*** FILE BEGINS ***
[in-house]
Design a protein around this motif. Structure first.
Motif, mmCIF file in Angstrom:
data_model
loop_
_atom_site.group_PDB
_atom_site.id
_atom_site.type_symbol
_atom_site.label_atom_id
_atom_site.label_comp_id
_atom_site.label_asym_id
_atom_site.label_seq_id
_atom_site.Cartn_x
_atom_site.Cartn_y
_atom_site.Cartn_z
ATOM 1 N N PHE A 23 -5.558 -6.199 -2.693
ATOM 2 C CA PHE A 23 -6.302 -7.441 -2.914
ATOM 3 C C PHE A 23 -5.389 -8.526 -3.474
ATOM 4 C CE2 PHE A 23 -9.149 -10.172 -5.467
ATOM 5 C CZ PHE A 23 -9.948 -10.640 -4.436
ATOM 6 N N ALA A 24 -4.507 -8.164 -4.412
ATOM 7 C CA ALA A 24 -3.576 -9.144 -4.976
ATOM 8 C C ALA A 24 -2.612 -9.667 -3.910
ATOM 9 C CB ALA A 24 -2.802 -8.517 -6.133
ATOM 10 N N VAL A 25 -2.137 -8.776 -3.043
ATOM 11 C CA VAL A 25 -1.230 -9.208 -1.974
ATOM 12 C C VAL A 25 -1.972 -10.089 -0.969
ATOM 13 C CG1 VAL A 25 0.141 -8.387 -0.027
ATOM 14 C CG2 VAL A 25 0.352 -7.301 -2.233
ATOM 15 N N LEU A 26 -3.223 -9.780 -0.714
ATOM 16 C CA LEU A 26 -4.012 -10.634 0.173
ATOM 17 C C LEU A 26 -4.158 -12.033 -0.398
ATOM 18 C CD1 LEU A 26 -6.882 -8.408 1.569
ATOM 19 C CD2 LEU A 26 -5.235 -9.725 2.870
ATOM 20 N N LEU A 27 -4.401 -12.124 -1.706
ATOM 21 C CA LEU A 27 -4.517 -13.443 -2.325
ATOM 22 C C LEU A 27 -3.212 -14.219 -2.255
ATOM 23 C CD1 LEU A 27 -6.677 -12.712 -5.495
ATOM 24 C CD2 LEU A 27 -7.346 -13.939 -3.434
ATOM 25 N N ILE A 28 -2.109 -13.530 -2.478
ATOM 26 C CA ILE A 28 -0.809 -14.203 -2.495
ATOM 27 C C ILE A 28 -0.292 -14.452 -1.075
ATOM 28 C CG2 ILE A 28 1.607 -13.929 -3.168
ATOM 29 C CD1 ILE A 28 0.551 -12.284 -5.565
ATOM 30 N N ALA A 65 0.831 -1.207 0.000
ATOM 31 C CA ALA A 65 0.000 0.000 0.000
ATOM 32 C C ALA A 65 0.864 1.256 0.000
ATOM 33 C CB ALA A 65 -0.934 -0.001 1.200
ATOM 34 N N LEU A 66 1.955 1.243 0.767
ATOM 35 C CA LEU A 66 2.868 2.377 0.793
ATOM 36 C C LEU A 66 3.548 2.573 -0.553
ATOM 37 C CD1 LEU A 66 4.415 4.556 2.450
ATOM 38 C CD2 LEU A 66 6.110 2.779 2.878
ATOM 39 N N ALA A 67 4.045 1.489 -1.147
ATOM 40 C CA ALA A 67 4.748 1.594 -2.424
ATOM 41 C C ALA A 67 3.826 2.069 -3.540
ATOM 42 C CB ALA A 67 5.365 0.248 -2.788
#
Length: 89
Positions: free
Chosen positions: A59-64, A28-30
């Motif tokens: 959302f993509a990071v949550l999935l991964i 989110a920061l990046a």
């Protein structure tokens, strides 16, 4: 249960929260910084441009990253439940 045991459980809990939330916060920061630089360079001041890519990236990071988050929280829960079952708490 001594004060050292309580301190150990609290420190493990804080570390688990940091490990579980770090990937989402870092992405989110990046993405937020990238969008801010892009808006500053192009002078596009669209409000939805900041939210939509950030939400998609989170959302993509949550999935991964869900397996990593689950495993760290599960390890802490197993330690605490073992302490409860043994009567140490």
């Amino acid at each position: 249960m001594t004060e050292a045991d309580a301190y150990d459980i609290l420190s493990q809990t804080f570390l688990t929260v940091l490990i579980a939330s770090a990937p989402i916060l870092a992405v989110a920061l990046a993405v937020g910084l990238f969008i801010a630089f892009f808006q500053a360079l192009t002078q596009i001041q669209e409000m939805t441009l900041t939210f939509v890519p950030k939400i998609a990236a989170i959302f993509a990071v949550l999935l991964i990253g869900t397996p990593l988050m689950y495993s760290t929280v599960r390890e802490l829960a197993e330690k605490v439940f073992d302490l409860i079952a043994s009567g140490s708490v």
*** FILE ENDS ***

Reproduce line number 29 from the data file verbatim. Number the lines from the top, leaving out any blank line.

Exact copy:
ATOM 14 C CG2 VAL A 25 0.352 -7.301 -2.233